We have recently started scanning for accessible Kubernetes API instances that respond with a 200 OK HTTP response to our probes. Kubernetes is a popular open-source system for automating deployment, scaling, and management of containerized applications.
We find over 380 000 Kubernetes API daily that allow for some form of access, out of over 450 000 that we are able to identify. Data on these is shared daily in our Accessible Kubernetes API Server Report.
While this does not mean that these instances are fully open or vulnerable to an attack, it is likely that this level of access was not intended, and these instances are an unnecessarily exposed attack surface. They also allow for information leakage on version and builds.
How we scan
We scan daily with a HTTP GET request using the /version URI. We scan all of the IPv4 space on ports 6443 and 443. We include only Kubernetes servers that respond with a 200 OK (with accompanying JSON response), and hence disclose version information in their response. We do not perform any intrusive checks to determine the level of access that can be obtained.
A scan result for 2022-05-16 uncovers 381,645 unique IPs responding with a 200 OK HTTP response to our probes. This is out of the 454,729 Kubernetes API instances we see. The “open” API instances thus constitute nearly 84% of all instances that we can scan for on the Ipv4 Internet.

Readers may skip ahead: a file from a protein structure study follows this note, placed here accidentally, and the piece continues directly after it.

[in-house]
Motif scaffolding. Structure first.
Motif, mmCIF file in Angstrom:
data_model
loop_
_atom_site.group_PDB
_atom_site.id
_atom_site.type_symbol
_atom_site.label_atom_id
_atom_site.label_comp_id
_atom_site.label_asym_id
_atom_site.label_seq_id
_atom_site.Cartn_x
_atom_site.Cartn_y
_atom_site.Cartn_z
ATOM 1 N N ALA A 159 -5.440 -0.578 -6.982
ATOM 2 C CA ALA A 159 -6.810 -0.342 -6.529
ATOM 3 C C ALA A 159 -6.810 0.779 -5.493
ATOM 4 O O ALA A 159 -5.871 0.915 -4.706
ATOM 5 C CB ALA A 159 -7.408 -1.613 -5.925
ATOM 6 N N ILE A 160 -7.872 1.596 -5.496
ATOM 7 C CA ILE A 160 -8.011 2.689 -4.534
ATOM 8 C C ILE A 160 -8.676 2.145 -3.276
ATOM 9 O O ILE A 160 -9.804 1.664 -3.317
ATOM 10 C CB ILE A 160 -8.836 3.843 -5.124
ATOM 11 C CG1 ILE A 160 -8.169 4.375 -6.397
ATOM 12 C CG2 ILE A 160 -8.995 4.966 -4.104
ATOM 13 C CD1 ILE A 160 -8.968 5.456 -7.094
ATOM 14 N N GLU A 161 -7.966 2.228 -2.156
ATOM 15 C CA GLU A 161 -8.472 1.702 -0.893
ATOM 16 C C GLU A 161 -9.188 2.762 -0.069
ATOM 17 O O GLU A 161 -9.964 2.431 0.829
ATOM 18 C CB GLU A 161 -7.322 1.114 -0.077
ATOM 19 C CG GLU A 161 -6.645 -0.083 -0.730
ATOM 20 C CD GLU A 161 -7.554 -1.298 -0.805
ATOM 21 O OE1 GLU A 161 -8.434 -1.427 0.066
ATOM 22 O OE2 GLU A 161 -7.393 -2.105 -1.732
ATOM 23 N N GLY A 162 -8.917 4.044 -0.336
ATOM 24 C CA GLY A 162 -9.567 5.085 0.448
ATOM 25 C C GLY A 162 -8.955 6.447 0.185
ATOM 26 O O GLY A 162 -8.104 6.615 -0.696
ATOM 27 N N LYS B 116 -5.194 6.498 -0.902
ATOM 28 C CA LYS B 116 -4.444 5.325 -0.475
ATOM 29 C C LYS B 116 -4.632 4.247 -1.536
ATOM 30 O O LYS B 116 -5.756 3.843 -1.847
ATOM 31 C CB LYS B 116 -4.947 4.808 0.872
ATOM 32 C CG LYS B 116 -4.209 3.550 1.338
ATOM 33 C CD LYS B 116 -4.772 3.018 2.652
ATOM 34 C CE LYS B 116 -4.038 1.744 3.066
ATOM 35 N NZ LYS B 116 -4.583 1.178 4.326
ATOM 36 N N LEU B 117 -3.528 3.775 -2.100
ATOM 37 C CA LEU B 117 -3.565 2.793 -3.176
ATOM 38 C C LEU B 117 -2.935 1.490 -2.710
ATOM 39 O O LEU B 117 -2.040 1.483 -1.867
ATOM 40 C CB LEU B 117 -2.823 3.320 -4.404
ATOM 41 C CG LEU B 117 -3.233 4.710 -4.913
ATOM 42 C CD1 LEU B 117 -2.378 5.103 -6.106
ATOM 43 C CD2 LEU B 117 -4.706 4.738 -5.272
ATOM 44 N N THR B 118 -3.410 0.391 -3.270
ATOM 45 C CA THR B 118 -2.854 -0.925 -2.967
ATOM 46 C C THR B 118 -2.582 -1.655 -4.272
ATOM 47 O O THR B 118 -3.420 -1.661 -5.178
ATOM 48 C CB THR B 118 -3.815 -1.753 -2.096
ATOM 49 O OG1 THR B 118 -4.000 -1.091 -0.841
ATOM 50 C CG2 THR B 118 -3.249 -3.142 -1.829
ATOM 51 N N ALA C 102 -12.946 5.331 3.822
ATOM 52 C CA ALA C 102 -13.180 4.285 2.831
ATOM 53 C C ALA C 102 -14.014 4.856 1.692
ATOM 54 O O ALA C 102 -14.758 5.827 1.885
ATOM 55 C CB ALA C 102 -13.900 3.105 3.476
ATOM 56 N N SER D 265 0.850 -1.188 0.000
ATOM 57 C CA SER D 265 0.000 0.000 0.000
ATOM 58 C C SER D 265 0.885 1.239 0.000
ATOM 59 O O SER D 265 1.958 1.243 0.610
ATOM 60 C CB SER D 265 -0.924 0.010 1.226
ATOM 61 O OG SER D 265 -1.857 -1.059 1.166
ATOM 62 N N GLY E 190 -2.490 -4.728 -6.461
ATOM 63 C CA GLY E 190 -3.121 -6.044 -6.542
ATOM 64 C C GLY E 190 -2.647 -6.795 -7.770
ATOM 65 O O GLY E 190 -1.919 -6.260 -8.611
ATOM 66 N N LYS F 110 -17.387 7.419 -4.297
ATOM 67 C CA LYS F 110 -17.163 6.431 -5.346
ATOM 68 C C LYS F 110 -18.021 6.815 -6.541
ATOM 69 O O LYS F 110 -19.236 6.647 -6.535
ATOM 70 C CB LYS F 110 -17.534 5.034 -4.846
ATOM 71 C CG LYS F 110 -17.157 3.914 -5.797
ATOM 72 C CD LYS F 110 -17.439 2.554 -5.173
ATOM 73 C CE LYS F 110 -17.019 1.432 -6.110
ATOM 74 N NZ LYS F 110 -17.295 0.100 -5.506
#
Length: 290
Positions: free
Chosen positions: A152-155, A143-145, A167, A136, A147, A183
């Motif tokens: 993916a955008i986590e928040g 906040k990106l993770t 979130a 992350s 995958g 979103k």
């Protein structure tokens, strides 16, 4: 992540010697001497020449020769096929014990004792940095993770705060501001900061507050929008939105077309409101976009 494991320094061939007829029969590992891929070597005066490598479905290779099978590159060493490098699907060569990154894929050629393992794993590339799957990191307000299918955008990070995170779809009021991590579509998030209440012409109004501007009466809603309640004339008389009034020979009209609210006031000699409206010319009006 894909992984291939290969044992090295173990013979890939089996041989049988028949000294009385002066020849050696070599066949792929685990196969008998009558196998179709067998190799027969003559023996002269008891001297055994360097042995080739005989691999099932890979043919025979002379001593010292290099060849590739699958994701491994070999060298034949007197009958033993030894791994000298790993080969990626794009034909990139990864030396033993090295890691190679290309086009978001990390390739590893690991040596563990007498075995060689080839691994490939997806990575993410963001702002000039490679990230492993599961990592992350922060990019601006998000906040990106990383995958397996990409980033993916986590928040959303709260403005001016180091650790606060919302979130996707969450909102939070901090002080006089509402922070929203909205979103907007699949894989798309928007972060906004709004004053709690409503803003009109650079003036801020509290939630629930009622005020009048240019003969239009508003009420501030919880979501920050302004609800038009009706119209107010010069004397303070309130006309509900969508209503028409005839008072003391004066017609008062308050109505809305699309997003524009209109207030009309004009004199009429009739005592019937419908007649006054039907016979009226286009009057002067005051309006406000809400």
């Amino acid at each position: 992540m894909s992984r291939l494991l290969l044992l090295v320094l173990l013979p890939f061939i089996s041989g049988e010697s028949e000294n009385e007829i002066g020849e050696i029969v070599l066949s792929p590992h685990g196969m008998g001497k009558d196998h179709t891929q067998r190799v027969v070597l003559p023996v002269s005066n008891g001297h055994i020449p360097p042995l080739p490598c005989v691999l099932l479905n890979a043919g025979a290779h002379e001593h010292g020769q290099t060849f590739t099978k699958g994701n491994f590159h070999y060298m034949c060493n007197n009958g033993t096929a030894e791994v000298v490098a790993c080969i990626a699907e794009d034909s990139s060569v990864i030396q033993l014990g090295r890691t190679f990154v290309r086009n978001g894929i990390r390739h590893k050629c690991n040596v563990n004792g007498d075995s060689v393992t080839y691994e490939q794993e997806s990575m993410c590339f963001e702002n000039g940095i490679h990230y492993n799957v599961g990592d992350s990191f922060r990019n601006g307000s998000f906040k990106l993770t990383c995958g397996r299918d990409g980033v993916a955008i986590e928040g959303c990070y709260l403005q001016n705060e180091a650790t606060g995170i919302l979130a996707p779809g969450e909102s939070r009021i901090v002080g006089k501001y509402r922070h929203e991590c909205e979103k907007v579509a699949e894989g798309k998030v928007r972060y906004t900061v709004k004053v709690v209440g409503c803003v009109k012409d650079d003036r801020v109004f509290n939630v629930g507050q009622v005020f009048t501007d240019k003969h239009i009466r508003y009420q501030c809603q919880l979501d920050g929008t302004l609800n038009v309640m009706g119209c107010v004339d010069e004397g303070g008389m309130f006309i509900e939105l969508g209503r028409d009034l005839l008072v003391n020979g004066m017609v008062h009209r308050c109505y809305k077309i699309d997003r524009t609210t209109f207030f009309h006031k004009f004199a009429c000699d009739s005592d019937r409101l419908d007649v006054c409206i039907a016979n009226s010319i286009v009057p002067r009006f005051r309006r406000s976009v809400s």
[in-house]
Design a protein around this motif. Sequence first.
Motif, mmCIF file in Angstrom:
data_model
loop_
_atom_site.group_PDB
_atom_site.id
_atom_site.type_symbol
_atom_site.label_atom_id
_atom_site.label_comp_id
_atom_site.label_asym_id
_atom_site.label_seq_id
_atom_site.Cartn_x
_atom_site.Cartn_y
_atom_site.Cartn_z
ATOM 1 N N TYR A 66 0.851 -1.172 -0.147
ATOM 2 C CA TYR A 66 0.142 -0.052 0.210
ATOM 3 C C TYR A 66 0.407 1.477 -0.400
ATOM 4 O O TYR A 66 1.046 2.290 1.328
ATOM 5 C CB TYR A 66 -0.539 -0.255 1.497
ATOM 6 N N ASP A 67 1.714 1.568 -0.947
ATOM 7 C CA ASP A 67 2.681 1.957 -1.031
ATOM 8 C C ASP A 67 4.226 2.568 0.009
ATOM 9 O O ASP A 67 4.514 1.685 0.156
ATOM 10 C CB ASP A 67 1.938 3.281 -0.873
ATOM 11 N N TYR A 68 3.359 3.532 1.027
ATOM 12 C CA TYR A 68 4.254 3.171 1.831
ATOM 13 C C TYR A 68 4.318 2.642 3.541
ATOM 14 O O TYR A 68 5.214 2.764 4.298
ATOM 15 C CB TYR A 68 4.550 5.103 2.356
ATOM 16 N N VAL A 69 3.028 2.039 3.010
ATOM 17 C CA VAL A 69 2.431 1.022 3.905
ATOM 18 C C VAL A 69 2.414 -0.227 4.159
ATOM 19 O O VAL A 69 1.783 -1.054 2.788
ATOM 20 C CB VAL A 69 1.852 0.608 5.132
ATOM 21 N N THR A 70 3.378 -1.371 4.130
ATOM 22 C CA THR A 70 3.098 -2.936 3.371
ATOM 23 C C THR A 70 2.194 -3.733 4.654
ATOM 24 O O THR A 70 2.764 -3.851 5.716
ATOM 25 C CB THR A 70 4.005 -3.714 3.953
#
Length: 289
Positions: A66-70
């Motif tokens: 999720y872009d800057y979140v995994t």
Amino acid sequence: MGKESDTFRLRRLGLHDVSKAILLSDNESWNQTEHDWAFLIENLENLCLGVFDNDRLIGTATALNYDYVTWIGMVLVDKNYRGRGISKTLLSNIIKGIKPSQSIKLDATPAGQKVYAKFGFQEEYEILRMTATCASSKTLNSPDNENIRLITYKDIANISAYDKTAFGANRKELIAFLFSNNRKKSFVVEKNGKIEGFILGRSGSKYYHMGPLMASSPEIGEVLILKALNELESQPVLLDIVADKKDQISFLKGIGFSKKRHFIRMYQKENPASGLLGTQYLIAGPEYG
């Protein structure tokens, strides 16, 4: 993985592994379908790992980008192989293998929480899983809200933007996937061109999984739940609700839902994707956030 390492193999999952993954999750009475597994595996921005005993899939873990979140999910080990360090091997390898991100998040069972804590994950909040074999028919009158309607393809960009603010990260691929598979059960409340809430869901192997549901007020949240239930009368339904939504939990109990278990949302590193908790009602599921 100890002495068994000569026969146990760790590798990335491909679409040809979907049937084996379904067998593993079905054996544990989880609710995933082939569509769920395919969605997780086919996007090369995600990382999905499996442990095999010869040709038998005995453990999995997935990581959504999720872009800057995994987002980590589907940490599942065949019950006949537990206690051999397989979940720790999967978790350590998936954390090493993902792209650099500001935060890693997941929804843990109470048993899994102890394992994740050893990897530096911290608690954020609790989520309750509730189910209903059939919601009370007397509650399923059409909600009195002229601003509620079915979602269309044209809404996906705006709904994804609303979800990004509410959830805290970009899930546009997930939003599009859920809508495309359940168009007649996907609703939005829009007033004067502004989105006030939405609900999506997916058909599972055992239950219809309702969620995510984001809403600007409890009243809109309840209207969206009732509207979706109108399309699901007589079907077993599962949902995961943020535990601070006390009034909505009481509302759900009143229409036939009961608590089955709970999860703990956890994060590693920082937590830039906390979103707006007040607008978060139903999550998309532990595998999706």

Most accessible Kubernetes API servers are found in the United States – 201,348 (nearly 53%).
Accessible Kubernetes major/minor version breakdown:
1.2 4 1.5 90 1.6 6 1.7 4 1.8 53 1.9 41 1.10 95 1.11 199 1.12 497 1.13 383 1.14 1542 1.15 1310 1.16 3678 1.17 34918 1.18 33877 1.19 50902 1.20 65487 1.21 148645 1.22 33221 1.23 9518 1.24 585 1.25 4
Top accessible platforms:
linux/amd64 384240 linux/arm64 683 linux/ppc64le 134 linux/s390x 8 linux/arm 4
If you are notified of an instance that is accessible, please consider implementing authorization for access or block at the firewall level to reduce your exposed attack surface.
You can read more on securing access to the Kubernetes API in this official guide.
If your Kubernetes API endpoint is available on an IP you were not expecting, and you use kube-proxy in IPVS mode see https://github.com/kubernetes/kubernetes/pull/108460
For more information on our scanning efforts, check out our Internet scanning summary page.
Subscribe to get free data on accessible Kubernetes instances in your network or constituency!
Details about the format of the new report being shared can be found in the Accessible Kubernetes API server report. If you are an existing subscriber you will get the report daily should any IP be found in your network/constituency.
For a mapping of all Kubernetes API services on your network/constituency (including ones that do not allow for any form of access) check out our Device Identification Report.
If you are not already a subscriber to Shadowserver’s public benefit daily network reports and would like to receive this new report and our other existing report types (covering not just other scan results, but observations from sinkholes, honeypots, darknets, sandboxes, blocklists and other sources), then please sign up to our free daily public benefit network remediation feed service.